We­in­stein is not an aber­ra­tion

The Labradorian - - EDITORIAL - Thom Barker

I grew up watch­ing the sit­com M*A*S*H. It is one of my favourite shows. I still watch it from time to time, as much for nos­tal­gia as any­thing, but I also find it an­thro­po­log­i­cally fas­ci­nat­ing.

Here is a show about the 1950s made in the 1970s. The premise is a mo­bile army sur­gi­cal hospi­tal in Korea, but it is pri­mar­ily about doctors—most of whom are mar­ried—chas­ing nurses.

The sur­geons’ over­tures and ac­tions are of­ten in­ap­pro­pri­ate from a 2010s per­spec­tive. In one episode, the nurses are leav­ing be­cause of an im­pend­ing air raid. When head nurse, Ma­jor Mar­garet “Hot Lips” Houli­han salutes Cap­tain Benjamin Franklin “Hawk­eye” Pierce, he grabs her, bends her over and kisses her hard and long on the lips.

This ex­plicit de­pic­tion of sex­ual as­sault is ap­palling in the cur­rent con­text, but was per­fectly ac­cept­able for net­work tele­vi­sion just 40 years ago. The at­ti­tudes have not gone away. I saw a bumper sticker just the other day that said: “It’s a Jeep. If I wanted a hum­mer, I’d ask your sis­ter.”

I am not shocked by that or the re­ports cur­rently com­ing out of Hol­ly­wood re­gard­ing al­leged se­rial sex­ual ha­rasser Har­vey We­in­stein. Nor should any­one else be. When a dis­gust­ing misog­y­nist and racist—a con­fessed p***y-grab­ber, no less—can be pres­i­dent of the United States in 2017, it is naïve at best, and more com­monly disin­gen­u­ous, to be shocked by such at­ti­tudes and con­duct.

In fact, who among we men of a cer­tain vin­tage, de­spite be­ing taught (with a nudge and a wink) to re­spect women, can truly say we have never done, said or thought in­ap­pro­pri­ate things. There is a bi­o­log­i­cal com­po­nent to sex drive, of course, but our at­ti­tudes about it and sub­se­quent be­hav­iours are learned.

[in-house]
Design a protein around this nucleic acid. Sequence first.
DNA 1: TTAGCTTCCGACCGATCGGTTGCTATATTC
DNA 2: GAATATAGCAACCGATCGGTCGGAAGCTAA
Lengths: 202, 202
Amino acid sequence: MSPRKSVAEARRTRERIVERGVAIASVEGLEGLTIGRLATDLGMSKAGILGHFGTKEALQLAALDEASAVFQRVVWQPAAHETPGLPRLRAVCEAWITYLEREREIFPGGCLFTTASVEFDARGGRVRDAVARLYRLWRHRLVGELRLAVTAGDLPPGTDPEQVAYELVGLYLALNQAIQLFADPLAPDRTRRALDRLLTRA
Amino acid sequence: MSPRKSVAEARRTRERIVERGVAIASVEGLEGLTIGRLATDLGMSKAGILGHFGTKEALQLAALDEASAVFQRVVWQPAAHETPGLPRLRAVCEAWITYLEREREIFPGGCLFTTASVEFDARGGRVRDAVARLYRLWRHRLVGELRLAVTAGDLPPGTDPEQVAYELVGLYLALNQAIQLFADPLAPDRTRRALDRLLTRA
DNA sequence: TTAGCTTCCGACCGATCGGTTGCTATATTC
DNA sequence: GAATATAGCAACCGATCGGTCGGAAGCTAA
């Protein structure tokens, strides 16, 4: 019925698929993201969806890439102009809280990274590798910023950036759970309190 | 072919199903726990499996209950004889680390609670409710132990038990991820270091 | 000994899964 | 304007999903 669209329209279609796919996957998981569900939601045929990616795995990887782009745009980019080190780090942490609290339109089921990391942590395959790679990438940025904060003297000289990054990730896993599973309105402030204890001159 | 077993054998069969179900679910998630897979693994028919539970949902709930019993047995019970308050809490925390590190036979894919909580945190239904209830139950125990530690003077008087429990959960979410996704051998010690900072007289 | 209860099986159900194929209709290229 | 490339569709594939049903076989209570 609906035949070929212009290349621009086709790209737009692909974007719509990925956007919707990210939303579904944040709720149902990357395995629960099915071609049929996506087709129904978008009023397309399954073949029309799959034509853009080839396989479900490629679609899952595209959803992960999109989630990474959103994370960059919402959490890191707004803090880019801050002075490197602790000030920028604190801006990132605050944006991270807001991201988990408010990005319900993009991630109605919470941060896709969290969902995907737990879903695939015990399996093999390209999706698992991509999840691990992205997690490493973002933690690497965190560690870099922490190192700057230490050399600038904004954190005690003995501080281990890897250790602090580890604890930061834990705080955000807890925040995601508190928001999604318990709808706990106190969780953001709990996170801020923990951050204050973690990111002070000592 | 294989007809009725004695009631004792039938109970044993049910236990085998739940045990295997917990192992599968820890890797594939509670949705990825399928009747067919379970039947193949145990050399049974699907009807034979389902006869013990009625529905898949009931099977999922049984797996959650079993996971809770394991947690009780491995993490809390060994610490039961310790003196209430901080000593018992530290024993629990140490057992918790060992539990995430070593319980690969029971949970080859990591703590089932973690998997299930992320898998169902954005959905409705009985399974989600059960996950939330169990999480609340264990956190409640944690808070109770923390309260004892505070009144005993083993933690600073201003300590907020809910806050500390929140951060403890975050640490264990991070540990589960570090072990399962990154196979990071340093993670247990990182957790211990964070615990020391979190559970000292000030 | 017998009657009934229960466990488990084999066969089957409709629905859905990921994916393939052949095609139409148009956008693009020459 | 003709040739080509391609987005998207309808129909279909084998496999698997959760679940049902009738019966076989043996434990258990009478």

We­in­stein has cat­e­gor­i­cally de­nied re­tal­i­at­ing against women who re­buffed him and claims any sex­ual ac­tiv­ity with those who did not was con­sen­sual. If the al­le­ga­tions are true, there is a chance he did not re­al­ize he was do­ing any­thing wrong.

In the case of Brit Mar­ling, the lat­est woman to al­lege mis­con­duct by We­in­stein, she said she went to his ho­tel suite, where he rubbed her shoul­ders and propo­si­tioned her with the sug­ges­tion of show­er­ing to­gether be­fore she got up and left. If it had been just a reg­u­lar guy she had met, and she had walked out un­mo­lested, per­haps there would have been no wrong­do­ing.

With a man like We­in­stein, how­ever, there is a power dy­namic that skews the con­sent is­sue. Can an as­pir­ing fe­male ac­tor and writer re­ally say no to a man like him with­out at the very least the per­cep­tion of po­lit­i­cal, so­cial and/or fi­nan­cial con­se­quences?

I’ve been at this op-ed writ­ing game long enough to know I will likely be slammed for con­don­ing or ex­cus­ing We­in­stein’s con­duct even though I am merely try­ing to put it into some kind of con­text. There is a ten­dency these days to try to shut down rather than con­sider un­pop­u­lar ideas.

For the record, I be­lieve the al­leged be­hav­iour was cat­e­gor­i­cally wrong, but it is not aber­rant. In fact, it is all too com­mon. This is the world in which we live and if we want it to change, we have to be able to dis­cuss it openly. Other­wise, what we learn is not to change our at­ti­tudes and be­hav­iour, but to keep our mouths shut.

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